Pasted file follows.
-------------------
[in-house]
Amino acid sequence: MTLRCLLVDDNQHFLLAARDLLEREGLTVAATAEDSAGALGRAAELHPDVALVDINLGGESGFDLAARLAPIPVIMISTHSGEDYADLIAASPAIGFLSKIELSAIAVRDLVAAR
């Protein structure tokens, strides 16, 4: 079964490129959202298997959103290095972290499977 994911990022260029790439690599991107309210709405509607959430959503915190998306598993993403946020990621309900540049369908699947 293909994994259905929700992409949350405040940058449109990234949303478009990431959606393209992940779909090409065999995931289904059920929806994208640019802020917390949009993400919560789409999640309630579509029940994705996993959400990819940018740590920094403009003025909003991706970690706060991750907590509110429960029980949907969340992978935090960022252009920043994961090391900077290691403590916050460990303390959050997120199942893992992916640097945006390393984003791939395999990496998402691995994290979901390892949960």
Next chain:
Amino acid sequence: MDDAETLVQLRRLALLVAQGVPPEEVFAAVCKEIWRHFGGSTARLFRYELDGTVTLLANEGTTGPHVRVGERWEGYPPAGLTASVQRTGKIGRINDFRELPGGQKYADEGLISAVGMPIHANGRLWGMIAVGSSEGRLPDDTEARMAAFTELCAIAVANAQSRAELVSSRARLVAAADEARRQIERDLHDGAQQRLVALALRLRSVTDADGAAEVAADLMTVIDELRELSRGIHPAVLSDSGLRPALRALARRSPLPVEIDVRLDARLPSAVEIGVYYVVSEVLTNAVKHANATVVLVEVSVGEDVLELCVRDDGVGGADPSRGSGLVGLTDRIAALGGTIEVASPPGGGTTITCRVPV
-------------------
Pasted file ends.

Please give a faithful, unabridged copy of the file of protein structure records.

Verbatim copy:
[in-house]
Amino acid sequence: MTLRCLLVDDNQHFLLAARDLLEREGLTVAATAEDSAGALGRAAELHPDVALVDINLGGESGFDLAARLAPIPVIMISTHSGEDYADLIAASPAIGFLSKIELSAIAVRDLVAAR
């Protein structure tokens, strides 16, 4: 079964490129959202298997959103290095972290499977 994911990022260029790439690599991107309210709405509607959430959503915190998306598993993403946020990621309900540049369908699947 293909994994259905929700992409949350405040940058449109990234949303478009990431959606393209992940779909090409065999995931289904059920929806994208640019802020917390949009993400919560789409999640309630579509029940994705996993959400990819940018740590920094403009003025909003991706970690706060991750907590509110429960029980949907969340992978935090960022252009920043994961090391900077290691403590916050460990303390959050997120199942893992992916640097945006390393984003791939395999990496998402691995994290979901390892949960």
Next chain:
Amino acid sequence: MDDAETLVQLRRLALLVAQGVPPEEVFAAVCKEIWRHFGGSTARLFRYELDGTVTLLANEGTTGPHVRVGERWEGYPPAGLTASVQRTGKIGRINDFRELPGGQKYADEGLISAVGMPIHANGRLWGMIAVGSSEGRLPDDTEARMAAFTELCAIAVANAQSRAELVSSRARLVAAADEARRQIERDLHDGAQQRLVALALRLRSVTDADGAAEVAADLMTVIDELRELSRGIHPAVLSDSGLRPALRALARRSPLPVEIDVRLDARLPSAVEIGVYYVVSEVLTNAVKHANATVVLVEVSVGEDVLELCVRDDGVGGADPSRGSGLVGLTDRIAALGGTIEVASPPGGGTTITCRVPV